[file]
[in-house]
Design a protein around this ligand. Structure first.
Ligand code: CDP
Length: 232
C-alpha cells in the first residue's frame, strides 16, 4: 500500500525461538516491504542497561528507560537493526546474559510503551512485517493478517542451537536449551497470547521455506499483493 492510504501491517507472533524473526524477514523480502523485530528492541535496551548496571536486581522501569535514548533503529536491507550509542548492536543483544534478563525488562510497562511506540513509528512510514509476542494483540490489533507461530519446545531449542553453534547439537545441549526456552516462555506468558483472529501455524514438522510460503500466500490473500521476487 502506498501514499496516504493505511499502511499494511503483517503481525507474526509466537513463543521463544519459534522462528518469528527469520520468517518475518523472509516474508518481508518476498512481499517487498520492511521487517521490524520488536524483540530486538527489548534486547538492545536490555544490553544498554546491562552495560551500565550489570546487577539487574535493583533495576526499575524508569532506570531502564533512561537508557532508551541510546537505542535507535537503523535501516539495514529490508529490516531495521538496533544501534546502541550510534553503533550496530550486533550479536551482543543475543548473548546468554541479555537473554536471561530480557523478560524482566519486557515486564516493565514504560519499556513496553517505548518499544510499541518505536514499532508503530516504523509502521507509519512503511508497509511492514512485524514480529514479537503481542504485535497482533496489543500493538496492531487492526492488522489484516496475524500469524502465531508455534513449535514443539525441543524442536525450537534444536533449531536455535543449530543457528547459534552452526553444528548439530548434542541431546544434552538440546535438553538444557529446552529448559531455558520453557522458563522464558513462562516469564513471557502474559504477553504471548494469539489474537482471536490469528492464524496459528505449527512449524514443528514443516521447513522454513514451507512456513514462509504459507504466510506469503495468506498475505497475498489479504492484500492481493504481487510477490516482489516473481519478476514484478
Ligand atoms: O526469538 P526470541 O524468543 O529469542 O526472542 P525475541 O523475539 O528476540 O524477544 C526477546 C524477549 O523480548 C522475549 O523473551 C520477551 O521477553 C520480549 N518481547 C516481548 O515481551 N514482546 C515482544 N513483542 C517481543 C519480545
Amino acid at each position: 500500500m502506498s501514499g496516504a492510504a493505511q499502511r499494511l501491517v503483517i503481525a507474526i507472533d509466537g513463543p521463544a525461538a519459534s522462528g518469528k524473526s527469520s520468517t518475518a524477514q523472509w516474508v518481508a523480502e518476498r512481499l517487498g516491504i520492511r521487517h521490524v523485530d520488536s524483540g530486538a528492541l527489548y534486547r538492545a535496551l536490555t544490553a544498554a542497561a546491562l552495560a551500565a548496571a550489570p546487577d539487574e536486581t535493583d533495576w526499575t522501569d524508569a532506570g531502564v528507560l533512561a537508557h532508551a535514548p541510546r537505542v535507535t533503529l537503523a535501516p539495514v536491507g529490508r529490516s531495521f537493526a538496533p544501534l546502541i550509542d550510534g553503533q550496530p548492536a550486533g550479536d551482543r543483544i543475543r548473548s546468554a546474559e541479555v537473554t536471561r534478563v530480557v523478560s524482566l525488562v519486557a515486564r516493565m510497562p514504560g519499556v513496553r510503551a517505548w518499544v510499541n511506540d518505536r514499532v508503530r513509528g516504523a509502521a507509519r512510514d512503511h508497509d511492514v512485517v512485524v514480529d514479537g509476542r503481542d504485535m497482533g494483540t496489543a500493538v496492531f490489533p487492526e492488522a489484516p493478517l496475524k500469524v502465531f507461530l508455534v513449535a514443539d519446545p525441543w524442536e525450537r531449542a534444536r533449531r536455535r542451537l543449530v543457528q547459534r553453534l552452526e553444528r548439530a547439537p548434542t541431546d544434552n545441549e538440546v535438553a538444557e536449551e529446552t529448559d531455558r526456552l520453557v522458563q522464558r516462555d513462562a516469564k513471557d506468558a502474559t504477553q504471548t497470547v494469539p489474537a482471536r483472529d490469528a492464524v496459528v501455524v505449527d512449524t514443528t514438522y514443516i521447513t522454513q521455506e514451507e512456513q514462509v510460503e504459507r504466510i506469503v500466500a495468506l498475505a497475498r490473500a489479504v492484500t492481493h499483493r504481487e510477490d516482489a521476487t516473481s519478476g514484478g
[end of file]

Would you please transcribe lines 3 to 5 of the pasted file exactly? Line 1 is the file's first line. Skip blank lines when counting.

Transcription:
Ligand code: CDP
Length: 232
C-alpha cells in the first residue's frame, strides 16, 4: 500500500525461538516491504542497561528507560537493526546474559510503551512485517493478517542451537536449551497470547521455506499483493 492510504501491517507472533524473526524477514523480502523485530528492541535496551548496571536486581522501569535514548533503529536491507550509542548492536543483544534478563525488562510497562511506540513509528512510514509476542494483540490489533507461530519446545531449542553453534547439537545441549526456552516462555506468558483472529501455524514438522510460503500466500490473500521476487 502506498501514499496516504493505511499502511499494511503483517503481525507474526509466537513463543521463544519459534522462528518469528527469520520468517518475518523472509516474508518481508518476498512481499517487498520492511521487517521490524520488536524483540530486538527489548534486547538492545536490555544490553544498554546491562552495560551500565550489570546487577539487574535493583533495576526499575524508569532506570531502564533512561537508557532508551541510546537505542535507535537503523535501516539495514529490508529490516531495521538496533544501534546502541550510534553503533550496530550486533550479536551482543543475543548473548546468554541479555537473554536471561530480557523478560524482566519486557515486564516493565514504560519499556513496553517505548518499544510499541518505536514499532508503530516504523509502521507509519512503511508497509511492514512485524514480529514479537503481542504485535497482533496489543500493538496492531487492526492488522489484516496475524500469524502465531508455534513449535514443539525441543524442536525450537534444536533449531536455535543449530543457528547459534552452526553444528548439530548434542541431546544434552538440546535438553538444557529446552529448559531455558520453557522458563522464558513462562516469564513471557502474559504477553504471548494469539489474537482471536490469528492464524496459528505449527512449524514443528514443516521447513522454513514451507512456513514462509504459507504466510506469503495468506498475505497475498489479504492484500492481493504481487510477490516482489516473481519478476514484478